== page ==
26 CFR § 1.430(a)-1 - Determination of minimum required contribution.

§ 1.430(a)-1 Determination of minimum required contribution.

(a)In general -

(1)Overview. This section sets forth rules for determining a plan's minimum required contribution for a plan year under section 430(a). Section 430 and this section apply to single-employer defined benefit plans (including multiple employer plans as defined in section 413(c)) that are subject to section 412 but do not apply to multiemployer plans (as defined in section 414(f)). Paragraph (b) of this section defines a plan's minimum required contribution for a plan year. Paragraph (c) of this section provides rules for determining shortfall amortization installments. Paragraph (d) of this section provides rules for determining waiver amortization installments. Paragraph (e) of this section provides for early deemed amortization of shortfall and waiver amortization bases for fully funded plans. Paragraph (f) of this section provides definitions that apply for purposes of this section. Paragraph (g) of this section provides examples that illustrate the application of this section. Paragraph (h) of this section provides effective/applicability dates and transition rules.

(2)Special rules for multiple employer plans -

(i)In general. In the case of a multiple employer plan to which section 413(c)(4)(A) applies, the rules of section 430 and this section are applied separately for each employer under the plan, as if each employer maintained a separate plan. Thus, the minimum required contribution is computed separately for each employer under such a multiple employer plan. In the case of a multiple employer plan to which section 413(c)(4)(A) does not apply (that is, a plan described in section 413(c)(4)(B) that has not made the election for section 413(c)(4)(A) to apply), the rules of section 430 and this section are applied as if all participants in the plan were employed by a single employer.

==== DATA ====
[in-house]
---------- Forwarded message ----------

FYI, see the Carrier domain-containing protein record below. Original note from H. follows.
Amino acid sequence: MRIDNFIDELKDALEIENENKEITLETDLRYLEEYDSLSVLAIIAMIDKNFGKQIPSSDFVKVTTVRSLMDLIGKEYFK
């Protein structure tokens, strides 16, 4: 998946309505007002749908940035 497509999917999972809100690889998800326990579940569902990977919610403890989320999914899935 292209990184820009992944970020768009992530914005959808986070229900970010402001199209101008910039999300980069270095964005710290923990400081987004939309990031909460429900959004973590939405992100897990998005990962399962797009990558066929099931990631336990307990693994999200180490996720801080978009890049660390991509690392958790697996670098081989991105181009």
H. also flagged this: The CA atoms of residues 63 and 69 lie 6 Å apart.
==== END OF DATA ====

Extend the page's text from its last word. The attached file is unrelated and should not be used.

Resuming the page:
(ii)CSEC plans. A CSEC plan (that is, a plan that fits within the definition of a CSEC plan in section 414(y) for plan years beginning on or after January 1, 2014 and for which the election under section 414(y)(3)(A) has not been made) is not subject to the rules of section 430. See section 433 for the minimum funding rules that apply to CSEC plans.

(b)Definition of minimum required contribution -

(1)In general. In the case of a defined benefit plan that is subject to section 430, except as offset under section 430(f) and § 1.430(f) 1, the minimum required contribution for a plan year is determined as the applicable amount determined under paragraph (b)(2) of this section or paragraph (b)(3) of this section, reduced by the amount of any funding waiver under section 412(c) that is granted for the plan year. See paragraph (b)(4) of this section for special rules for a plan maintained by a commercial passenger airline (or other eligible employer) for which an election under section 402 of the Pension Protection Act of 2006, Public Law 109-280 (120 Stat. 780), as amended (PPA '06), has been made, and see section 430(j) and § 1.430(j) 1(b) for rules regarding the required interest adjustment for a contribution that is paid on a date other than the valuation date for the plan year. See also § 1.430(j)-1(d)(3)(iv)(B) for rules regarding an increase to the minimum required contribution in certain circumstances for a plan with an unpaid liquidity amount.

(2)Plan assets less than funding target -

(i)General rule. For any plan year in which the value of plan assets (as reduced to reflect the subtraction of certain funding balances as provided under § 1.430(f)-1(c), but not below zero) is less than the funding target for the plan year, the minimum required contribution for that plan year is equal to the sum of -

(A) The target normal cost for the plan year;